trlck hath been played upon us all."
The Cardinal trled to protest. but al?
ready Mary had aequlesoed In Weaaex'u
Wlah wlth a r.od of tho head.
"I havo naught to refuao you, my
dear lord," ahe sald aadly.
Vague.-ly she, too. hnd begun to guefa
the appalllng rtddle which had puzzled
her for ao lohg. and though her heart
dlmly felt that ahe was even now
loslng forevet Ihe man whom aho ao
ardently loved. she waa too fearleaa a
Queen. too much of a proud Tudor. not
to seo justlce done in the face of uo
much trenchery.
Then V.tfscx once moro turned to
"Tell mo, -rlrJ," he aald. wlth utmost
calm and Konticneas. leat he ahould
f-caro agaln her -ioor, wanderlng wlts.
"tell mo without any fear. ... I
am ihe lJuke of Wessex and I aavod
thy life . . . then thou liadst tho
wish to warn me of SOino elangcr . . .
and came to the palace here . . .
and my lorel Cardlnal trlcked thec . . .
"'I do not know," she sald pitcously,
turniug appeallng, ilng-llku eyt-s upon
him: "they dressed me up ln llno
? 1.iii.es . . . antl then . . . then
. . when I aaw theo . . . und
, wlshcd to apeak wlth thee . . . lie
? - . thu dark foreigner* barred thu
j way . . . and I know not how lt
i happened . . ." she added, as a trem
blmg stiddehly selzed her whole body,
"he jei-red at me . , . and . . .
and l kllled hlail"
" 'Twas thou, wench, who kllleel Don
Mlguel?" ejaculated tlie Queen, horrl
bed. "Oh! . . . ."
Hut Weasex only bent hls head and
murmured ln thc Intcnalty of hla
"Heavon above me! . , Tliat I
shoulu have been so blltid!"
"I kllleel hln . . ." repeated Mir
rab wltn atratige persiatence. "I kllled.
hlm . . . he Avould not let me go
to thee."
"A madwomati and a wanton," hero
[ii.ii. -.-[?.-.'. the Cardlnal, wlth all Uie
vlgor at hls command. "Surely Your
Majesty wlll not believe this mlscrablc
creature's calumnies."
".No, my lord." rcplleel Mary witli
qulet dlgniiy, "we'll believe nothlng
uiilll we- have heard what Lady L'rsulu
Glynde has to say. Lady Allcla," aho
added. turnlntc to one of her malds uf
honor, *'l pray you Hnd the Lady Ur?
sula. Tell her what has happenod,
and bld her come to me."
In the meanwhlle. howovor. Mlrrab
seemeel to have become nware of the
conaequoncoa of her vehement confea
vtem. Her wanderlng wita came alowly
back to her. Terrltieel, sho looked from
ono to t!.? other'of the grave facca
whlch were H.nccI upon her.
"What wlll they elo to me?" 8he mur?
mured, turulng appeallng eyea on tho
one man whom sho dared to truat.
"Nay, Mlrrab, havo no fear," salel ,
Wessex kindly. aa ho took hor rougli '
handa in his. and triejd to soothe her
scared splrlts wlth a gentle touch. '
"Once by chanee I saved thy llfo . . .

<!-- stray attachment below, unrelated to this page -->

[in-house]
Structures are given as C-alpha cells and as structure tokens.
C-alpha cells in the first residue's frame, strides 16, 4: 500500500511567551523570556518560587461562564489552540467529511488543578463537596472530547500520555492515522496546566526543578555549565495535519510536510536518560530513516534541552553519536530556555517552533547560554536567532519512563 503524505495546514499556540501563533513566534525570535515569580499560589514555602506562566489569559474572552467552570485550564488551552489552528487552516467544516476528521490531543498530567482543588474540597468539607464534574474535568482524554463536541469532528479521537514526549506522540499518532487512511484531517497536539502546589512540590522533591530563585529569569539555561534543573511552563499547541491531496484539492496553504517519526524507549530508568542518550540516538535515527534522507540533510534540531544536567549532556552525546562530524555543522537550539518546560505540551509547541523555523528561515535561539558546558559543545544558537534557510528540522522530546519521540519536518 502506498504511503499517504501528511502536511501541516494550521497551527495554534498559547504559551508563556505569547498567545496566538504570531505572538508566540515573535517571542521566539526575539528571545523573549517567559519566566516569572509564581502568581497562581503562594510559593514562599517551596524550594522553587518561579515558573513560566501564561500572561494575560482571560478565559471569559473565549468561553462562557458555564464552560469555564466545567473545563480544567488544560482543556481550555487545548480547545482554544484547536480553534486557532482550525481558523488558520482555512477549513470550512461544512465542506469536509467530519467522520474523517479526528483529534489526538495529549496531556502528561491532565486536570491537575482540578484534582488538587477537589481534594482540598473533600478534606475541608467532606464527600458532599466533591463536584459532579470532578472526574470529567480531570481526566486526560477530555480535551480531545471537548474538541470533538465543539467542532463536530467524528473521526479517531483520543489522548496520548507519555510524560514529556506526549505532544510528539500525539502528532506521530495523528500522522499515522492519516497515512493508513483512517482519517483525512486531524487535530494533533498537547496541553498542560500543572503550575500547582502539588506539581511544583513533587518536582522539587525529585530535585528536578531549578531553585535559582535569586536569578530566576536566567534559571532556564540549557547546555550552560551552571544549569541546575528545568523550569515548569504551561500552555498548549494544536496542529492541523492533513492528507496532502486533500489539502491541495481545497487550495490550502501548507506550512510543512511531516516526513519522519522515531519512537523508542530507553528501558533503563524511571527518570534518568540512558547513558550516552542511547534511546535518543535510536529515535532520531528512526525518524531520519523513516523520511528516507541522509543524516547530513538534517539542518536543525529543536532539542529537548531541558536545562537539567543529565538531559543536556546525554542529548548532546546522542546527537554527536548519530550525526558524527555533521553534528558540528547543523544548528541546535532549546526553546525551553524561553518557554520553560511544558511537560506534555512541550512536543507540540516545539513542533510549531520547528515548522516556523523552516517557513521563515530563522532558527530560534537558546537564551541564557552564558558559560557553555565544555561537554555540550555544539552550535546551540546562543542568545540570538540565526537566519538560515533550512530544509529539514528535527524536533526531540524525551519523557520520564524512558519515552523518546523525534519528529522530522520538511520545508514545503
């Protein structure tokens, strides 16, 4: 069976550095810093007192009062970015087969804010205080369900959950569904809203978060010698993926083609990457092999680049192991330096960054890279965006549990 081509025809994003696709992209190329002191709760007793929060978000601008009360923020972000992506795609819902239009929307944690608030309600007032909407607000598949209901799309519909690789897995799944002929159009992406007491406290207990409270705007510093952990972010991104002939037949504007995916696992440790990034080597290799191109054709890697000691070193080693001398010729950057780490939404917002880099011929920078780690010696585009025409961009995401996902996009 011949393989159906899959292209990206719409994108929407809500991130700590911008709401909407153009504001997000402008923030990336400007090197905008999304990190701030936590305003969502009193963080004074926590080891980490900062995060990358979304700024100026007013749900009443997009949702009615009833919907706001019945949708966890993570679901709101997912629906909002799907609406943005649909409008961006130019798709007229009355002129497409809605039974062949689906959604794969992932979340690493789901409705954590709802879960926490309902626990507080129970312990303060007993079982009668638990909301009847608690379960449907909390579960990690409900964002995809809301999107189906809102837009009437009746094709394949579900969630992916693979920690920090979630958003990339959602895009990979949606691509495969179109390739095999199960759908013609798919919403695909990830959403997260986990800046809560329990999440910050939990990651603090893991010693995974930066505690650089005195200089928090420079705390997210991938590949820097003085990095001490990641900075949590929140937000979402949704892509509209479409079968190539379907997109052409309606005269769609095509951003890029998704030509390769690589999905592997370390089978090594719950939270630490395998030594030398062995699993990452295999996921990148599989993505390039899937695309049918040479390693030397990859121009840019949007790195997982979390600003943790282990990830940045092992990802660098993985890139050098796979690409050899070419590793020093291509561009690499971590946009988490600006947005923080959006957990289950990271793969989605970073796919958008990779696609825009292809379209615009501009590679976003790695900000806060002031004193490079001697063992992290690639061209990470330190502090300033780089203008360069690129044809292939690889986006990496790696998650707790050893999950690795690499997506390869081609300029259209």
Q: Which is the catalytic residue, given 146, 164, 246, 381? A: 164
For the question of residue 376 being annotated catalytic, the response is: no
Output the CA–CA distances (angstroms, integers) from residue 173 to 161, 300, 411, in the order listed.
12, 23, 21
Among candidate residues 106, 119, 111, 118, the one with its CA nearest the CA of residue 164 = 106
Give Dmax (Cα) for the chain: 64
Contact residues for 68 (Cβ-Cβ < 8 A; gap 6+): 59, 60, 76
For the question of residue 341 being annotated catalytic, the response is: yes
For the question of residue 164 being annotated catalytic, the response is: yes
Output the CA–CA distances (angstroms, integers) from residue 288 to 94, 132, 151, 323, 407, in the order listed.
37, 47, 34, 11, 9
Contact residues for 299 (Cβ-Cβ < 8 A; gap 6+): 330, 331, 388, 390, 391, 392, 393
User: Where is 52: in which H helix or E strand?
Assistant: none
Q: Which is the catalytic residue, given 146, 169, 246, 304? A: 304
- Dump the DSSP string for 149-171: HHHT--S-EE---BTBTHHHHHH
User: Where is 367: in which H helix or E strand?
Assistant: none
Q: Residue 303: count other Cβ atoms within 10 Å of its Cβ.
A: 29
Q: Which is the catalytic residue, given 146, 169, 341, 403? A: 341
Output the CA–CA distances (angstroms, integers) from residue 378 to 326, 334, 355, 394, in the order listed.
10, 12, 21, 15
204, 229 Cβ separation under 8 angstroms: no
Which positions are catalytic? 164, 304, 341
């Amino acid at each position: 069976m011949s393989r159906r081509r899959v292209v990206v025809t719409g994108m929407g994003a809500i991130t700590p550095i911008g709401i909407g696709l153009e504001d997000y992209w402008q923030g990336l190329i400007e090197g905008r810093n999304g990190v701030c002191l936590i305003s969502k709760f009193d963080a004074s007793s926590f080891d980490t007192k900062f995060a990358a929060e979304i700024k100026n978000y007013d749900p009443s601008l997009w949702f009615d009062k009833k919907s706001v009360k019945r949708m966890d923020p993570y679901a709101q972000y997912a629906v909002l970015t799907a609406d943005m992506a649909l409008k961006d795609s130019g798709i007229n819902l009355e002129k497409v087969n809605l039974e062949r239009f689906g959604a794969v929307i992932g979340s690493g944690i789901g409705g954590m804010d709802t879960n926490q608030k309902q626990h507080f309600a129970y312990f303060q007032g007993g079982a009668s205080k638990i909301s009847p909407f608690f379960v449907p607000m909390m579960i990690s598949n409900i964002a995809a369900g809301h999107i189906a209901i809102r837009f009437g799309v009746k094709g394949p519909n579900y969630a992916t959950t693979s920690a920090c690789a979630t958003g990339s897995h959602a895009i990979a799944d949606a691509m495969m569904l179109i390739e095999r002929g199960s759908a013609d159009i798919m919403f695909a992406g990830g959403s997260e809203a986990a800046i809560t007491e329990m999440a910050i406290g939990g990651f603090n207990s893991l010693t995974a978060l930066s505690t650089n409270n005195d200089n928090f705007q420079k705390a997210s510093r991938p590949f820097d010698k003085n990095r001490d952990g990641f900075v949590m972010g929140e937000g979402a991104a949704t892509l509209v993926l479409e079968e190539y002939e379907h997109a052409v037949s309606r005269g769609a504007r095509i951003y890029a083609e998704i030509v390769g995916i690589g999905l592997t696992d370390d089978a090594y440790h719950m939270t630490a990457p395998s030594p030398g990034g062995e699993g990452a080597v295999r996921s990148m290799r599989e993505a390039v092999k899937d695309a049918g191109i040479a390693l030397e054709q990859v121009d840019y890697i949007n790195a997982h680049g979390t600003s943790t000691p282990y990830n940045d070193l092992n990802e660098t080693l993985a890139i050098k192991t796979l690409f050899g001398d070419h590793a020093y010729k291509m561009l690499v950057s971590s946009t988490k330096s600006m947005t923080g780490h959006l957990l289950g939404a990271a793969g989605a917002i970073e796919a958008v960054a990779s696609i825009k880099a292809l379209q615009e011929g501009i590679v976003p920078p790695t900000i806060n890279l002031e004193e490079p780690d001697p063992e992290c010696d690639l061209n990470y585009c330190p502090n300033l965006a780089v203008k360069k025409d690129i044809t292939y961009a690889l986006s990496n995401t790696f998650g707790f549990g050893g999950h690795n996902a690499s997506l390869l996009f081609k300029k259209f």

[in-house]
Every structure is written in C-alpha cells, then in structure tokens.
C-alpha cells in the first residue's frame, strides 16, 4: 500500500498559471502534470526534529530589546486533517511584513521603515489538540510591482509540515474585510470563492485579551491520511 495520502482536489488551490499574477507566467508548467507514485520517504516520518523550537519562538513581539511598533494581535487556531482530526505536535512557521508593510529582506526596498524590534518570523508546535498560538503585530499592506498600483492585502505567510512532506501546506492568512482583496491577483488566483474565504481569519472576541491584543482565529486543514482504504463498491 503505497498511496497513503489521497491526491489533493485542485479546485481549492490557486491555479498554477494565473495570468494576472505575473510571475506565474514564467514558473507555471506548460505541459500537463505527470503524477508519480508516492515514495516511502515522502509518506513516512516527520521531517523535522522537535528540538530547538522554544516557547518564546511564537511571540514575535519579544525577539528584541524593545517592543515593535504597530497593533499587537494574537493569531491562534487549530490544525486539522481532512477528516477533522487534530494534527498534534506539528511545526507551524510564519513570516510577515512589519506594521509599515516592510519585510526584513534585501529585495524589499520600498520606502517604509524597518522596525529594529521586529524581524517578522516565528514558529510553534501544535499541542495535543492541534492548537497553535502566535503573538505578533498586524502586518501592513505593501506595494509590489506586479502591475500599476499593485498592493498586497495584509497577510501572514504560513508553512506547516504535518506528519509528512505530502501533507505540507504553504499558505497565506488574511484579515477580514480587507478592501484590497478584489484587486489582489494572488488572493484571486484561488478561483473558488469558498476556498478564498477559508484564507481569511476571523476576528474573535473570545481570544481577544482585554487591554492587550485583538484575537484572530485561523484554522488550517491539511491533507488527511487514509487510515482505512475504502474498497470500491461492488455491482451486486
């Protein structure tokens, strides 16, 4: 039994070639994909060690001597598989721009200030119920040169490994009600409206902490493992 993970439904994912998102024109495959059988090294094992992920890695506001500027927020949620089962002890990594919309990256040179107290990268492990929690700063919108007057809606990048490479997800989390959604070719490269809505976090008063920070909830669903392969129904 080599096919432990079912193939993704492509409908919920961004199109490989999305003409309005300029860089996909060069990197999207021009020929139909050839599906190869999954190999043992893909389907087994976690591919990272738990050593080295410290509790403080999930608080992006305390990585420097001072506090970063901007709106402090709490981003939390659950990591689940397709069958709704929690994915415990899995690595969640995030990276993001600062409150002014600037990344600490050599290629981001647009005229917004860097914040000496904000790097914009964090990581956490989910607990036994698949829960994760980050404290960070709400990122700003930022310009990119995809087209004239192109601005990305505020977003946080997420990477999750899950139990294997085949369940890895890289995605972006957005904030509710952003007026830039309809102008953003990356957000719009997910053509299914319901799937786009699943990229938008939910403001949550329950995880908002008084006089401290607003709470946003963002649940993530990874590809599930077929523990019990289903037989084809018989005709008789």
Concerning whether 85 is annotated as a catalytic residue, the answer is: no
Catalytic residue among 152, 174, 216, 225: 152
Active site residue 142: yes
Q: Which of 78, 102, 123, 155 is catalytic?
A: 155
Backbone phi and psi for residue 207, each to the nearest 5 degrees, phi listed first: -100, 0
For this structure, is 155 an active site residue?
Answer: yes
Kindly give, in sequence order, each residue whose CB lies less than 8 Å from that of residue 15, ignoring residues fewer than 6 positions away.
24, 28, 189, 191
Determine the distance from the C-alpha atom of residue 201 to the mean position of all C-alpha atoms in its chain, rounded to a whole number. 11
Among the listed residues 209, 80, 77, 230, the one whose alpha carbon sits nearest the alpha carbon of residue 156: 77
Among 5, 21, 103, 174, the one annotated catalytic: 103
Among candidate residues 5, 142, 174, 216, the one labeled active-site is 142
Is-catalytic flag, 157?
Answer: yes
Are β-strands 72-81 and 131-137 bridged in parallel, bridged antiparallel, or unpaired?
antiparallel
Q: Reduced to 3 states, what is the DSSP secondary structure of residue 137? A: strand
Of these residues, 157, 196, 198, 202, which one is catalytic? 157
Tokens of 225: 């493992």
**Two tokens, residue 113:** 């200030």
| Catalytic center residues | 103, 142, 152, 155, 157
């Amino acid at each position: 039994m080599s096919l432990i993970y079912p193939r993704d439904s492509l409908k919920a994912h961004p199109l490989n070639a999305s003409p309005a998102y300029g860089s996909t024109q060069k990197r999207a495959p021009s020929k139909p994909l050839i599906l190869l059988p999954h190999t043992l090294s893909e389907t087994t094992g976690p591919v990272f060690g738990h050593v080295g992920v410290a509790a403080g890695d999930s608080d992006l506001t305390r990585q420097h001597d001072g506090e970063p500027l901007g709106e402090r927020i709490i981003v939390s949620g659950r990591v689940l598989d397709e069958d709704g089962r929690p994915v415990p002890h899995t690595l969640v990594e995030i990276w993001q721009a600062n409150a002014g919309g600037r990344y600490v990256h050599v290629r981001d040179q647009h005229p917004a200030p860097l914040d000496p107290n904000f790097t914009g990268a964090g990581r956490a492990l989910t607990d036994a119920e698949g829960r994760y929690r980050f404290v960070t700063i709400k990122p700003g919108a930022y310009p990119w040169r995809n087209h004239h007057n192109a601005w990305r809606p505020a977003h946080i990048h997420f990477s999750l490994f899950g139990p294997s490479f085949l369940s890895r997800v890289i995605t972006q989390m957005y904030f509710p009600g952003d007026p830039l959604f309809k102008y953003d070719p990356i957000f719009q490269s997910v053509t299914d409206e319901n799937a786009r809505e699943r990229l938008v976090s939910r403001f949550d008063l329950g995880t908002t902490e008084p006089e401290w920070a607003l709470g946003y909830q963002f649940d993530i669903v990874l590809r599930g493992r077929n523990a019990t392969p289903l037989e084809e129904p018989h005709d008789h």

but thou ln return haslt now restorcd
to me that whlch la far dearer than
life Itself. I am oternally thy debtor.
Mlrrab, and I pledge thee iho honor ot
Wessex that no harm shall come to
thee . . . for I. my^clf. wlll beg fot
thy pardon of Her Majesty on my *
(To be Contlnued To-morrow.)
The St. Regis, New York, Typifies
the Comfort-Loving Age.
Among New York's great hotels, nonc
so perfectly fulflls every roqulremonl
of comfort-lovlng people as the St,
Regis, situated at Fifth Avenuo and
Flfty-fifth Street. Attractive aa ara
Its locatlon, onvlronment and outward
appearance, Its interlora aro so to n
far greater degree. To thoso who aro
accuatomed to thc beat, tho St. Itegls,
wlth It's large, cheerful gueat chambera,
stippllod Wlth overy known comfort,
litxury and convenlence, Its admlra
bly appolnted publlc rooms and ita ln
comparablo servlce, appeala wlth irrc?
siatlblo force.
Tho St. Ilegla haa been fltly tormed
"Tho llomcllko Hotel.'.' An indeflnabla
alr of qulet retlnement nnd unobtru
alve elegance ls all-pervaslvo, and tliora
la nn entlro absenco.of tho gllttor anel
show ao often seen ln hotels, and whlcli
is ao dlstaateful to persons of roflneil
tnstea. Tho St. Ilogls off ers ovory va
eiuislto for comfortnblo aiul restful llv-.
ing accordlng to one's lndhidual prefer
No montion of tlils homollke hotel ll
comploto without reference lo what Ita
proprletor, Mv. lt. M. ilaan, calls "Tlio
Soul"?its kltchen. Tho Chof of thei
Crown Prlnce of Germany, who, whllo
ln thia country rocently, Inspoctod thel
kitchona of many well-known hotola,
pronounceel tho St. Itegls kltchen nnd
thei food aervod thorofroiu Iho boat ho
had evor aoon, nnd cquul to that of tha
tleriniin Itoyal heiuaehold.
A cholco or tho St. Hogla as yput
homo when ln Now York ussuroa aatla.
faction ln overy piirtlculur. Thaj,
prlces in tho restaurant of thls homo*'
llkp placo aro not abovo thoso of.tlru.bi
class hotola generally la now WtiU
known, aa Is also tho faet thut n aumix
tuotialy furnlshed room may bo had foit,??
$1 or |5; or a'oarlor, bedroom a.nrl baV
for ?iii.